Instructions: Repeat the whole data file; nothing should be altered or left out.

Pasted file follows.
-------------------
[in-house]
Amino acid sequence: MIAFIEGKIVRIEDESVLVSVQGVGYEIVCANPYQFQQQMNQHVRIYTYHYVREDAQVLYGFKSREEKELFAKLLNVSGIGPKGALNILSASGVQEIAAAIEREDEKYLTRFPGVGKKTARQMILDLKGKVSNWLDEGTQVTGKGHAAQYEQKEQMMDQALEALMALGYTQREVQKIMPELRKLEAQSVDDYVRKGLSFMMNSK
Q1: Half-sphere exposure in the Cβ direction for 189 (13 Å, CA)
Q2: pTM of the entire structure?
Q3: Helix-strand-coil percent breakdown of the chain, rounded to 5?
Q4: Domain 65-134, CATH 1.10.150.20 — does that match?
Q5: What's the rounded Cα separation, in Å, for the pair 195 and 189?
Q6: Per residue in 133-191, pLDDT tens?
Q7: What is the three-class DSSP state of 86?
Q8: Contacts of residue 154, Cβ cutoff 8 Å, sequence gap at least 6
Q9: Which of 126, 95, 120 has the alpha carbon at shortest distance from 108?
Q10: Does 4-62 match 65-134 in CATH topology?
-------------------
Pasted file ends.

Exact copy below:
[in-house]
Amino acid sequence: MIAFIEGKIVRIEDESVLVSVQGVGYEIVCANPYQFQQQMNQHVRIYTYHYVREDAQVLYGFKSREEKELFAKLLNVSGIGPKGALNILSASGVQEIAAAIEREDEKYLTRFPGVGKKTARQMILDLKGKVSNWLDEGTQVTGKGHAAQYEQKEQMMDQALEALMALGYTQREVQKIMPELRKLEAQSVDDYVRKGLSFMMNSK
Q1: Half-sphere exposure in the Cβ direction for 189 (13 Å, CA)
Q2: pTM of the entire structure?
Q3: Helix-strand-coil percent breakdown of the chain, rounded to 5?
Q4: Domain 65-134, CATH 1.10.150.20 — does that match?
Q5: What's the rounded Cα separation, in Å, for the pair 195 and 189?
Q6: Per residue in 133-191, pLDDT tens?
Q7: What is the three-class DSSP state of 86?
Q8: Contacts of residue 154, Cβ cutoff 8 Å, sequence gap at least 6
Q9: Which of 126, 95, 120 has the alpha carbon at shortest distance from 108?
Q10: Does 4-62 match 65-134 in CATH topology?